I’m beginning to think Jim Matheos has some kind of super powers. How can one guy come up with so many great albums over so many years? Mind boggling. The music on Darkness in a Different Light is not as mind boggling as Matheos’ last masterpiece, Arch/Matheos’ Sympathetic Resonance, but it is another excellent record. No Exit era Fates veterans Frank Aresti and Ray Alder are back in fine form. Ray, although no longer hitting the sky high notes, is still one of heavy metal’s most passionate vocalists. And it’s a real treat to have Bobby Jarzombek hammering out the drums on a Fates record (although he was also on Sympathetic Resonance).
Darkness in a Different Light is a diverse record. It’s got straightforward heavy rockers like I Am and Firefly, a couple of slower more pensive songs, and an epic that takes a while to digest but I’ve grown to love. The standout for me is Kneel and Obey with its crushing riffs and dark infectious chorus. Darkness in a Different Light is another strong entry in the Fates Warning catalog.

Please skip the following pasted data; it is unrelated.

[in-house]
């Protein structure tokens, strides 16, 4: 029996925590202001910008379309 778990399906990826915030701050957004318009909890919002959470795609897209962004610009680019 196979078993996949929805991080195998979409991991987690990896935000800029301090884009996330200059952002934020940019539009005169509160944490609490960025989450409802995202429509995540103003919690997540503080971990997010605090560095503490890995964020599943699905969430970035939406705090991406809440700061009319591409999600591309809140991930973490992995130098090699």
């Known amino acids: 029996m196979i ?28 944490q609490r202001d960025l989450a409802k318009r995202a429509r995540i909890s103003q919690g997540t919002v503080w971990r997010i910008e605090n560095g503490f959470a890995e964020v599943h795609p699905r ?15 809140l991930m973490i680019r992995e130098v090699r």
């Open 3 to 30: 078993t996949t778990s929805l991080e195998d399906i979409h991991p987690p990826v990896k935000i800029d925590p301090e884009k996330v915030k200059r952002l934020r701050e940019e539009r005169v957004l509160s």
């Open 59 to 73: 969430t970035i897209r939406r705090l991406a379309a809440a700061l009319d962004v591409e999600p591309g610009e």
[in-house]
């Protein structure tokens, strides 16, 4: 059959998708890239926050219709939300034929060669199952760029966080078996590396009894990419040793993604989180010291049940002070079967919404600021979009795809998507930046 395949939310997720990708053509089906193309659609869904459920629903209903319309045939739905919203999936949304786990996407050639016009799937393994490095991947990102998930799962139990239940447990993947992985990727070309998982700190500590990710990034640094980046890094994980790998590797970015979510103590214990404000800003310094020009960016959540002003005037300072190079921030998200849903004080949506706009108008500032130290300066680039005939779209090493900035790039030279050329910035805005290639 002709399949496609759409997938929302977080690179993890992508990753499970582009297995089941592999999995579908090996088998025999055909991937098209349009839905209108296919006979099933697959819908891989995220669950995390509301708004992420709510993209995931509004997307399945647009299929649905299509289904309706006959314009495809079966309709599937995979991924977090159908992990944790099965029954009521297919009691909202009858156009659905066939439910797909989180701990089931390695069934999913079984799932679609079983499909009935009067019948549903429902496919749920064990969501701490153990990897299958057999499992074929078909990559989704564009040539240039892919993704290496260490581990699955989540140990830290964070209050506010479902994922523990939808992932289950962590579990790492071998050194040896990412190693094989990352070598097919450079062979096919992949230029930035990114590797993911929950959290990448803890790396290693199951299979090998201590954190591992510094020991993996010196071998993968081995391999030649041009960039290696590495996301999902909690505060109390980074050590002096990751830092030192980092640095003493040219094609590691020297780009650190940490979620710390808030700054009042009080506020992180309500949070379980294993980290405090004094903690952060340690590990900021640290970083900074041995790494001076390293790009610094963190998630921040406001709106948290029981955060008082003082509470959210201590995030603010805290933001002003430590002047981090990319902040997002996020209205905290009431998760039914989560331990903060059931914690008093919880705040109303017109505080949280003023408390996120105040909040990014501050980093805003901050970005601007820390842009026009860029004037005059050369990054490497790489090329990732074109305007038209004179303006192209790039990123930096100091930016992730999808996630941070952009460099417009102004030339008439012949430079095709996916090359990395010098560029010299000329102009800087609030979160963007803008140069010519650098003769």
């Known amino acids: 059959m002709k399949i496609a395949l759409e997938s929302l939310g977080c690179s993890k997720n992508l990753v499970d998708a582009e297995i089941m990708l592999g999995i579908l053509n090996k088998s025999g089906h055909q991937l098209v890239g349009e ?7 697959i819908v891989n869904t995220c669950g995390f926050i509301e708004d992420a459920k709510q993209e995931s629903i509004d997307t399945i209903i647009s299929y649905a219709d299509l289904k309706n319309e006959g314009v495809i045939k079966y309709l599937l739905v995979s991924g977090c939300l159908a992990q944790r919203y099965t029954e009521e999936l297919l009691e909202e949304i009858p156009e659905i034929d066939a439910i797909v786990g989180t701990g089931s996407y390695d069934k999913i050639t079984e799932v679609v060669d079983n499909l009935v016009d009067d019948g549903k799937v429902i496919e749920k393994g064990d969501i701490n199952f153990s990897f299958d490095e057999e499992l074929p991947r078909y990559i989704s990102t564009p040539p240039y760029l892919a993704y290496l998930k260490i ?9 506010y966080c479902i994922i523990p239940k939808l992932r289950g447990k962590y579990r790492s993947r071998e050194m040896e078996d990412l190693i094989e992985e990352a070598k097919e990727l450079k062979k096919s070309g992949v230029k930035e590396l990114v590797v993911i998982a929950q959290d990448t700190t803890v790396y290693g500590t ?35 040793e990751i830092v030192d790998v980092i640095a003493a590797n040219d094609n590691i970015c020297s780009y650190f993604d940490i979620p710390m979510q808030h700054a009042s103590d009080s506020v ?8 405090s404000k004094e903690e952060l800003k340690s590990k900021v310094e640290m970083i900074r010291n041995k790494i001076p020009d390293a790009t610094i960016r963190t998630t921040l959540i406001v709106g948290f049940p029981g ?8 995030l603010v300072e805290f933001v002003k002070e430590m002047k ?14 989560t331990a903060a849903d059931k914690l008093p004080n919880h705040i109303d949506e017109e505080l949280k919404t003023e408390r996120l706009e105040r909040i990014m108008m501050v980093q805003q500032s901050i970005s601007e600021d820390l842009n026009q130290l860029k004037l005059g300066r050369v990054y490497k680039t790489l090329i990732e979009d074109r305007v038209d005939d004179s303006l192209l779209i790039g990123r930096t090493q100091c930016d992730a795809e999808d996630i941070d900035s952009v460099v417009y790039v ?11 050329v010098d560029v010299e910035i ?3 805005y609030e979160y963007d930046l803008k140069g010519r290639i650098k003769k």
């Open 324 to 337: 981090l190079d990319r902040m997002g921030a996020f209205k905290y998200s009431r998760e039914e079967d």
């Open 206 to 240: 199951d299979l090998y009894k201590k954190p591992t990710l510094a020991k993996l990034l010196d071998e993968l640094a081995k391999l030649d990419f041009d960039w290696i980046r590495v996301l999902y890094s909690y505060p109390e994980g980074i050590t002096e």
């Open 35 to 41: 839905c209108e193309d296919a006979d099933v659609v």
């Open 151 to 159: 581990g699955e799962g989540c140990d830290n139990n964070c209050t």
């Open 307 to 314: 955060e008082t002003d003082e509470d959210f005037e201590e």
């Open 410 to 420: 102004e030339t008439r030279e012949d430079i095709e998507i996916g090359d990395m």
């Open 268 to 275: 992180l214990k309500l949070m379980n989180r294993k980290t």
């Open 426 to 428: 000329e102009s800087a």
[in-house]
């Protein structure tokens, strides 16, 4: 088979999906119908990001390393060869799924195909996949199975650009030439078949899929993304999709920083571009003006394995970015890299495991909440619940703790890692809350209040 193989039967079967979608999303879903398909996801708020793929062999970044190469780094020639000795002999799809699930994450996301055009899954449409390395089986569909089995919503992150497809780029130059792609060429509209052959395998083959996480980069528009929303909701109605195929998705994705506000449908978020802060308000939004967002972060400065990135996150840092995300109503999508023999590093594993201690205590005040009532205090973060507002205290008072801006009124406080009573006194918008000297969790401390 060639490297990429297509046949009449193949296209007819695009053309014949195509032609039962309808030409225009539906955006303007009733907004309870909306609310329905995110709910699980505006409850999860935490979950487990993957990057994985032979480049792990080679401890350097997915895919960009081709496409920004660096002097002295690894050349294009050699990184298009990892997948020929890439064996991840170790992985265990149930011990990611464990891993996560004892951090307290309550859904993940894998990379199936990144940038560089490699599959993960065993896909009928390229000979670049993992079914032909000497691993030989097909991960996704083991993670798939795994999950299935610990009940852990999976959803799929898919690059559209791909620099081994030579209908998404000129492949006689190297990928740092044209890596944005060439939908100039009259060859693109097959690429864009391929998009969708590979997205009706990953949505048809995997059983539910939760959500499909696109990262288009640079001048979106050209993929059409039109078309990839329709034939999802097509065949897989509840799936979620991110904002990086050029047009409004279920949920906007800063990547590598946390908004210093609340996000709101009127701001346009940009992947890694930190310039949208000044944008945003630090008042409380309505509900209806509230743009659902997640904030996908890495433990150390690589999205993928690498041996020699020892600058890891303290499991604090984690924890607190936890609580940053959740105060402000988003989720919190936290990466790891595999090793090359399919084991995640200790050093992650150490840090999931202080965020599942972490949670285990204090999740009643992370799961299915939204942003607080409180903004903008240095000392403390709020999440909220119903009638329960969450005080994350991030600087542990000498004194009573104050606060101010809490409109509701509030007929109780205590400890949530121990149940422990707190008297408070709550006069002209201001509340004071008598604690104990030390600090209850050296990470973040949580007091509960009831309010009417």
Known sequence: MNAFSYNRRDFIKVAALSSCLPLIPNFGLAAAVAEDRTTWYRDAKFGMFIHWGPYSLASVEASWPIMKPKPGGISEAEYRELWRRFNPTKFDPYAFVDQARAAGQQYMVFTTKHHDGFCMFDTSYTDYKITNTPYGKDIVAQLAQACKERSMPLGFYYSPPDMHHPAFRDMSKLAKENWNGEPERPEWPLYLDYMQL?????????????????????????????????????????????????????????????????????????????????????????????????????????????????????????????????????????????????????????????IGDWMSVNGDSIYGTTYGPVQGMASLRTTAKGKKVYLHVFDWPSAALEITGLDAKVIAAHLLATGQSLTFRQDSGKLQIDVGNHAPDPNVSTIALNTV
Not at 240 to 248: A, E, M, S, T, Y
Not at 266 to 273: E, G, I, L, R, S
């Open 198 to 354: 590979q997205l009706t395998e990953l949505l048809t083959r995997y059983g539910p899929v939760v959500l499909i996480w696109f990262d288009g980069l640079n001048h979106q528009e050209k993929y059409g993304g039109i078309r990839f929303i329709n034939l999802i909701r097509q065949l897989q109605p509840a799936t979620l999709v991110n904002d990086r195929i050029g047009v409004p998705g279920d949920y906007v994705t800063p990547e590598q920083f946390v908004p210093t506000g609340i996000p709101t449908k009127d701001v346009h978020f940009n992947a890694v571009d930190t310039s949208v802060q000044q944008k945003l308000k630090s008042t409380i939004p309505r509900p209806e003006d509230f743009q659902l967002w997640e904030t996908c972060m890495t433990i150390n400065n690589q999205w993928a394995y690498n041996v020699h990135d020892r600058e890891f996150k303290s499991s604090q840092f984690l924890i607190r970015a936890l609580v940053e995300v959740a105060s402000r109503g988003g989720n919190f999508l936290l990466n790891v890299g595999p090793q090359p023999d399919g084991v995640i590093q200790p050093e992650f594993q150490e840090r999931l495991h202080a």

The Winery Dogs
There’s always a need for kick ass hard rock. The dogs deliver! These three veteran virtuosos have combined to make something new, immediate, and raw. I didn’t know Ritchie Kotzen had such a great voice! I knew he could shred of course, but the solos here are more than just noodly doodly. It’s really interesting how he and Billy Sheehan work in the ripping licks into these catchy tunes. Reminds me a bit of Sheehan’s Mr. Big. Of course you can’t ignore Mike Portnoy’s drumming prowess. He really gives this record extra balls. Good idea leaving Dream Theater, this is better than anything they’ve released in twenty years.
Bergtatt – Lagnadsoger